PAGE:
3) It’s always interesting to me when media outlets make broad statements about complex things in the past (aka revisionist history). The AP/NPR story on the Tellico Dam sounds a little dismissive.

    “Although the conflict was portrayed as environmental extremists versus economic realists, in reality, the Tellico Dam was quite small and unneeded to generate electricity.”

    I think it takes some hubris for today’s journalists to claim was past conflicts were about “in reality”. Small compared to what? Are uses besides electricity not worth talking about? Here’s what TVA says..

    (For us folks, the Tellico controversy led to the birth of the God Squad, which we might remember with regard to the spotted owl controversy.)


    Here’s what TVA says about the dam and reservoir:

    “Tellico: Facts & Figures

    Construction of Tellico Dam began in 1967 and was completed in 1979.
    The dam is 129 feet high and reaches 3,238 feet across the Little Tennessee River.
    Tellico Reservoir stretches 33 miles along the Little Tennessee River into the mountains of East Tennessee.
    The reservoir provides 357 miles of shoreline and 15,560 acres of water surface for recreation activities.
    Tellico has a flood-storage capacity of 120,000 acre-feet.
    Tellico Dam is not a hydroelectric facility. It has no power generators and produces no electricity. Water from Tellico, however, flows through a short canal into Fort Loudoun Reservoir and helps drive the four generating units at Fort Loudoun Dam. ”


    Perhaps more accurate would be “only 9 stories tall and .6 of a mile wide.” I guess it depends on where you live, but that doesn’t strike me as “quite small.” Are fact checkers employed by AP/NPR?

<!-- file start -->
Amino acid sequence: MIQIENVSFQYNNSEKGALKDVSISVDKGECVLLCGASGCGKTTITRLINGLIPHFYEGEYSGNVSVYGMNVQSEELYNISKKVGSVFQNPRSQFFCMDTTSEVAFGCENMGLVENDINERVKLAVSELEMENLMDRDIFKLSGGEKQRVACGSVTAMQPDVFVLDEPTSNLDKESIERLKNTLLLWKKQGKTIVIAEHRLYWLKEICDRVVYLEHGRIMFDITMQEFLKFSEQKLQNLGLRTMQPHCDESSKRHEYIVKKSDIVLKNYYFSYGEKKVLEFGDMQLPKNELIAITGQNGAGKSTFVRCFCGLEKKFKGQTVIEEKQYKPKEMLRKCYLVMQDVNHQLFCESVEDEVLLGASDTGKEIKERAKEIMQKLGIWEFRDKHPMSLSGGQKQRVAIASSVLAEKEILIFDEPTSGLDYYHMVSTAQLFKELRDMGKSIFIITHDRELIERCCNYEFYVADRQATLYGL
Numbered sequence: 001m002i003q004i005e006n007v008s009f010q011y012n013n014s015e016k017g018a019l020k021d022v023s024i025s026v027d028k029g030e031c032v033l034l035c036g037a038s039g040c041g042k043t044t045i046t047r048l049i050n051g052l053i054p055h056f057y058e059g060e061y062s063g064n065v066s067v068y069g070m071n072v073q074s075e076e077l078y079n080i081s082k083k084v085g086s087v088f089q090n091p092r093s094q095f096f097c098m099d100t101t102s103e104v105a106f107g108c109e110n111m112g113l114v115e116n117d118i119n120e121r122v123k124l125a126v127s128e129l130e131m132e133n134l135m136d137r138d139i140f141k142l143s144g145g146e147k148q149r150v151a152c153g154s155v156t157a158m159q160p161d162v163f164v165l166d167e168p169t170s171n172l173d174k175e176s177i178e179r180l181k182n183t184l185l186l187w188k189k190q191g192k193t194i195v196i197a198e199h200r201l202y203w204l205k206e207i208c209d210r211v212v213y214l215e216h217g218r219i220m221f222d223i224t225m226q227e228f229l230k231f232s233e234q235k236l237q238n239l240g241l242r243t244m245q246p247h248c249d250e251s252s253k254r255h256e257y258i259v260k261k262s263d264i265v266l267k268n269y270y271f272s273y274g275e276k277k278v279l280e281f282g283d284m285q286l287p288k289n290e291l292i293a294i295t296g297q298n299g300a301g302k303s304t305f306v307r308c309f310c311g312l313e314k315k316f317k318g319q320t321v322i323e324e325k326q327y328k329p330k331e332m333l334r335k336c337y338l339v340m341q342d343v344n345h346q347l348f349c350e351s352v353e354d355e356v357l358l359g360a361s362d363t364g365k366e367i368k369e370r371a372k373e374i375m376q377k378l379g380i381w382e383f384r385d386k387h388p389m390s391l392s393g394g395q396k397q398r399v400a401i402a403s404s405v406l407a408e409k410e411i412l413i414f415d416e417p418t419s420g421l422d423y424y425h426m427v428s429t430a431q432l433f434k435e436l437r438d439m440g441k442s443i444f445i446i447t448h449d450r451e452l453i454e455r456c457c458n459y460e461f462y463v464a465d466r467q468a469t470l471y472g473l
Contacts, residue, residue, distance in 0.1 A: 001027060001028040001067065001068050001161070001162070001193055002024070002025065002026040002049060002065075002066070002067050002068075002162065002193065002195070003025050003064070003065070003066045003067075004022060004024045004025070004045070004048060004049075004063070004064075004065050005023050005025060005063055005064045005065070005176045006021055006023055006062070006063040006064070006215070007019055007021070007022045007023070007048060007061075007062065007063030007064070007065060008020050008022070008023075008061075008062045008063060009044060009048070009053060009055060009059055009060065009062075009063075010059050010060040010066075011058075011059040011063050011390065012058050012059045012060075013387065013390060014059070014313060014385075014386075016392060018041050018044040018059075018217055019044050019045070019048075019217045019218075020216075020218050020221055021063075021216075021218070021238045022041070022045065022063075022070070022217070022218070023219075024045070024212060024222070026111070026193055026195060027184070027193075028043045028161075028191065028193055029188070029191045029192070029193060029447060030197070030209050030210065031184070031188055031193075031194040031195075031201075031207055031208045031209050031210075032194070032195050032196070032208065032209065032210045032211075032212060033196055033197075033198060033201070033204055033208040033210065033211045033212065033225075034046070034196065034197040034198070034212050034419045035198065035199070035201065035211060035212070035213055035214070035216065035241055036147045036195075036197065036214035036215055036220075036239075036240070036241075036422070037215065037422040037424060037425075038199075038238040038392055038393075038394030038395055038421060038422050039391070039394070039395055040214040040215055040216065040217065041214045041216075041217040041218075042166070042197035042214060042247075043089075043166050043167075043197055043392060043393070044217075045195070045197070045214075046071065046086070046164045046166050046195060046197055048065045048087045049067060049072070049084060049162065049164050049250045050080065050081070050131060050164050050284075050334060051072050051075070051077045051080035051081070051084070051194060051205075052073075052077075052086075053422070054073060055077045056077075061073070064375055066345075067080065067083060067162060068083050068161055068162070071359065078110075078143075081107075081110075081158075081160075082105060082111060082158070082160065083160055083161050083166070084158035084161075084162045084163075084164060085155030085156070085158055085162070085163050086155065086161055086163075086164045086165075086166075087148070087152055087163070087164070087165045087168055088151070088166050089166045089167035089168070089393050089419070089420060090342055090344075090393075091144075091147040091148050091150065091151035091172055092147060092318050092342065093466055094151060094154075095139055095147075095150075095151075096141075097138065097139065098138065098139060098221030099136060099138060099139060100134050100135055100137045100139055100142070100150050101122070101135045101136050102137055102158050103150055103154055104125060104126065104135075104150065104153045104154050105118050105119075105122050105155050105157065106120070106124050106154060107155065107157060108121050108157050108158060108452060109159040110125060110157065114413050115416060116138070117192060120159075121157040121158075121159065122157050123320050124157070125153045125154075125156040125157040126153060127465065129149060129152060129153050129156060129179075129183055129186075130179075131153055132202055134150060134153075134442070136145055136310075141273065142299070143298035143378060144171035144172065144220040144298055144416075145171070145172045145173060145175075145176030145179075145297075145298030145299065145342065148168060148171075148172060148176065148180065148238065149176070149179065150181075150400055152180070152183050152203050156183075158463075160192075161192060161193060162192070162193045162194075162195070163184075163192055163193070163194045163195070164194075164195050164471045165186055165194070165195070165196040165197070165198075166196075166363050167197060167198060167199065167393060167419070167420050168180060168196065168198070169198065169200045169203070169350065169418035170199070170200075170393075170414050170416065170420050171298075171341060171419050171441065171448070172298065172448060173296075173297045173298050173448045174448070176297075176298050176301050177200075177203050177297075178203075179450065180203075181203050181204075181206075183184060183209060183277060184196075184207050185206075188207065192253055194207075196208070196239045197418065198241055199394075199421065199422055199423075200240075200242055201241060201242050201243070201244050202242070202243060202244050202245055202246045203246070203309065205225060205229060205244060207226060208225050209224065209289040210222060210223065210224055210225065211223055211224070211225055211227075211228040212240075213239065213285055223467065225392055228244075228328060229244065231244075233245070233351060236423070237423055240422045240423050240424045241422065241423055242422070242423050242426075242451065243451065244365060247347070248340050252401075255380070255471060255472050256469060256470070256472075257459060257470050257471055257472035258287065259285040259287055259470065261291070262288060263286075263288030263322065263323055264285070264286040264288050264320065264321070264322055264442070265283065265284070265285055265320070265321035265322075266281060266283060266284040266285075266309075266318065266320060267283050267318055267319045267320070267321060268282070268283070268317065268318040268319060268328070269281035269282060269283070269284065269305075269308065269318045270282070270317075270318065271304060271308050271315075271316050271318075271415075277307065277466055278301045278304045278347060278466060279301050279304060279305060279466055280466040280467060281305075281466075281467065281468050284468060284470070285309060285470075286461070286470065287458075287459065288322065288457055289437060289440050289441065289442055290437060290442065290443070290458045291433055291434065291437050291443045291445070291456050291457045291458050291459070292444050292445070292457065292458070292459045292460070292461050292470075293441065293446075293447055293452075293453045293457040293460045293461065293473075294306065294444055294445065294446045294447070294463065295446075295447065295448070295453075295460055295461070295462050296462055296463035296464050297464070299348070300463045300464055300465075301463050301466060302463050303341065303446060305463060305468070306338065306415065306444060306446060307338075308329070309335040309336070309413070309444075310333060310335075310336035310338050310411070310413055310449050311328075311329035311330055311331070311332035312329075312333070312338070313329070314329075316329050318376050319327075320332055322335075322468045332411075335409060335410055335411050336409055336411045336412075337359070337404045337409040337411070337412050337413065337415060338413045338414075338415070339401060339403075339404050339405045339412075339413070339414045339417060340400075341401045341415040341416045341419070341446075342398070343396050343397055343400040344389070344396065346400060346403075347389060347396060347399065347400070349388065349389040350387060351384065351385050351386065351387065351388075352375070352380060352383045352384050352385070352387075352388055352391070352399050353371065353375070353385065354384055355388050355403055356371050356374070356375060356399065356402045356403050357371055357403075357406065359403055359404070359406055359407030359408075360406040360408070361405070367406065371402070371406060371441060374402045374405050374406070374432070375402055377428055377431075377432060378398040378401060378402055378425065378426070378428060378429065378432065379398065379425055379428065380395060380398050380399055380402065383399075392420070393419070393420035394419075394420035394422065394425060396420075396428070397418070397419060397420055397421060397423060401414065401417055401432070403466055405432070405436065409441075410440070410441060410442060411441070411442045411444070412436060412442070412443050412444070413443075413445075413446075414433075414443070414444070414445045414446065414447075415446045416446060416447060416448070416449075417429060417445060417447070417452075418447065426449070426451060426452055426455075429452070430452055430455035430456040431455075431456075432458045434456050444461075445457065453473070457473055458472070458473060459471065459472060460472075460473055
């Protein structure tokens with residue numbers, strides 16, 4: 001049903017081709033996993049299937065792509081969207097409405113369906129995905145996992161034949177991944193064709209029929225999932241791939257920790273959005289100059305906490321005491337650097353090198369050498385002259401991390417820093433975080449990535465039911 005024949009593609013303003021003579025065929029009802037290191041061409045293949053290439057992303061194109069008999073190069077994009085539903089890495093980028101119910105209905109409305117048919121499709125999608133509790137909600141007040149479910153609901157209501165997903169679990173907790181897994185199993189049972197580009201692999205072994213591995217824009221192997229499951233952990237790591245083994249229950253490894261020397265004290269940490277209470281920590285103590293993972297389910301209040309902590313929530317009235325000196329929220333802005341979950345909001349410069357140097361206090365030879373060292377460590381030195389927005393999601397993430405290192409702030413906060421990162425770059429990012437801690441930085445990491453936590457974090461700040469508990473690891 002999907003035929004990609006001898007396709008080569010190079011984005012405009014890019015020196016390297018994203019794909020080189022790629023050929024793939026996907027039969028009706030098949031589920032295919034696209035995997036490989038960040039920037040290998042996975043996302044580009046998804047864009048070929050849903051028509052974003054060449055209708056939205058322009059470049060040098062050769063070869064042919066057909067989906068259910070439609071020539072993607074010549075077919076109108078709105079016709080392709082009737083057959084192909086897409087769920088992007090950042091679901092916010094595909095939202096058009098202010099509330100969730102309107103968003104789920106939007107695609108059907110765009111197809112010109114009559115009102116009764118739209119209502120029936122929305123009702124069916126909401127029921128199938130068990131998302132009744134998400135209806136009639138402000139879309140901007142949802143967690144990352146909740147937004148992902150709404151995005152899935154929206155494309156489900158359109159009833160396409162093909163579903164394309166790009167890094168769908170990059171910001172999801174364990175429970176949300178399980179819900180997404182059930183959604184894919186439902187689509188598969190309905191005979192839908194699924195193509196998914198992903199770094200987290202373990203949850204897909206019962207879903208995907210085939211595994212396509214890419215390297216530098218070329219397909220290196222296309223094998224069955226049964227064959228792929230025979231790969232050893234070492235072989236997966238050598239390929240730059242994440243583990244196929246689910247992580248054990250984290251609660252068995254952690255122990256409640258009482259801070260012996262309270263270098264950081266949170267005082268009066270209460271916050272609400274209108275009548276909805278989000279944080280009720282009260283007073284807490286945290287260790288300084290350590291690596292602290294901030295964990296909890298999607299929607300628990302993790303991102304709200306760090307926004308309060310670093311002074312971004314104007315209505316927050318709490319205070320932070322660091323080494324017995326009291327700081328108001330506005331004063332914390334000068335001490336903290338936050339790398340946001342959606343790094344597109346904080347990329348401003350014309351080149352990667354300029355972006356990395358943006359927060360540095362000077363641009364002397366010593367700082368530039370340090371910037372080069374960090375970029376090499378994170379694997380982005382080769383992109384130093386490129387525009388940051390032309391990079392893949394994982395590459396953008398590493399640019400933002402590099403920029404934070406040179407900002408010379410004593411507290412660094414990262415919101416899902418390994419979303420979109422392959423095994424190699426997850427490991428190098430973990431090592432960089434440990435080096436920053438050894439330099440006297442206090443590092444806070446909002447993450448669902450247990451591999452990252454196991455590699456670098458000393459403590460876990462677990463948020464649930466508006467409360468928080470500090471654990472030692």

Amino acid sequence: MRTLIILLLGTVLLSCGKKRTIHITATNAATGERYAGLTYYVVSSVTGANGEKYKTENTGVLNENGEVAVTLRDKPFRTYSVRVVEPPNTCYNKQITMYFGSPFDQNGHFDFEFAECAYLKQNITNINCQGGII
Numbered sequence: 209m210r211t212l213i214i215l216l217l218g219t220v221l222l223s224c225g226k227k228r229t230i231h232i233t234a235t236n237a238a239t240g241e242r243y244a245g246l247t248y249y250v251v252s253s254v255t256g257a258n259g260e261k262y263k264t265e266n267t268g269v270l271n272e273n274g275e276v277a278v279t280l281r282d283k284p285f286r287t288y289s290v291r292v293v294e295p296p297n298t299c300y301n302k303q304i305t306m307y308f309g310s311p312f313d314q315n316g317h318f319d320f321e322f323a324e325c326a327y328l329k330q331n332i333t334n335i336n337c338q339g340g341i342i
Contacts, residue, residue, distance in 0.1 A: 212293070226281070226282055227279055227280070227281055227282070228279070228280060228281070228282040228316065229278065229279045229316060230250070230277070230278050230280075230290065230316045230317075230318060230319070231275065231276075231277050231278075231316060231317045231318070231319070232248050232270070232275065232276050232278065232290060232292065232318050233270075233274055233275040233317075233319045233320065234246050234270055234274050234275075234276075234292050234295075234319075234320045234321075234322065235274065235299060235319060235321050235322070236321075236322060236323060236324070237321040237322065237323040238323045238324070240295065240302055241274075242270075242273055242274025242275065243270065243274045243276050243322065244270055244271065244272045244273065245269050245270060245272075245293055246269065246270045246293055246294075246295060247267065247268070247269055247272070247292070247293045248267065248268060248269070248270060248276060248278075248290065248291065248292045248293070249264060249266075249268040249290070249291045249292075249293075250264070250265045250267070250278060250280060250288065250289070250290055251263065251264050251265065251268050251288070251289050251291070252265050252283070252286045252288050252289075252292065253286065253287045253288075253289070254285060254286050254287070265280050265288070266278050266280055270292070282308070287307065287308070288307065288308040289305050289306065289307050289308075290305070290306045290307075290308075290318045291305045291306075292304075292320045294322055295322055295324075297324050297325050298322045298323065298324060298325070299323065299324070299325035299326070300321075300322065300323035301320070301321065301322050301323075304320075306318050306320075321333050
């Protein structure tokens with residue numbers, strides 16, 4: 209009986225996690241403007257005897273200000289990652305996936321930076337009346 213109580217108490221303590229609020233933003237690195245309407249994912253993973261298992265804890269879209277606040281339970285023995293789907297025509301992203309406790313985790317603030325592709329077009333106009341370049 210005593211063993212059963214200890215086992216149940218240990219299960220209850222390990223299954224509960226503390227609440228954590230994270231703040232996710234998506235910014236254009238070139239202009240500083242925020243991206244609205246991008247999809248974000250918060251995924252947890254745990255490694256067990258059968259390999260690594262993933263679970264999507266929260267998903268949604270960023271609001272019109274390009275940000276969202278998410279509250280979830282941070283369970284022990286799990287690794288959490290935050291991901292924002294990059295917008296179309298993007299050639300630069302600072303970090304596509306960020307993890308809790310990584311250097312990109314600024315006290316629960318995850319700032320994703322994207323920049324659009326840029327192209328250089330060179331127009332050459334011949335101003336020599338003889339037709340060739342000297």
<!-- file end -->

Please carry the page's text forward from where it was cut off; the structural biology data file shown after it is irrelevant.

2. 1) What was missing, to me, was any discussion of how tiering was actually used. I could see an argument that, “Any significant effects of the project (which are …) have already been addressed in the FMP, so any residual effects are not significant.” But this sounds like an admission that there “may” be a significant impact that needed to be considered, and that kind of consideration is what an EA does, not a CE. It doesn’t sound like this argument was made in court.

    3) I guess a characterization like “small” requires some context. Interestingly, the Fort Loudon Dam is essentially the same size: 122 feet high and stretches 4,190 feet across the Tennessee River; Fort Loudoun Reservoir has 379 miles of shoreline and 14,600 acres of water. It does make you wonder how important it was to store the same water twice, since power was only going to be generated once.

    • Here’s the TVA’s story…” Tellico Dam generates no power, but serves to divert water through a short canal into Fort Loudoun, linking the two reservoirs in their functions of flood reduction and navigation. The two linked reservoirs help regulate flooding downstream, especially at Chattanooga.”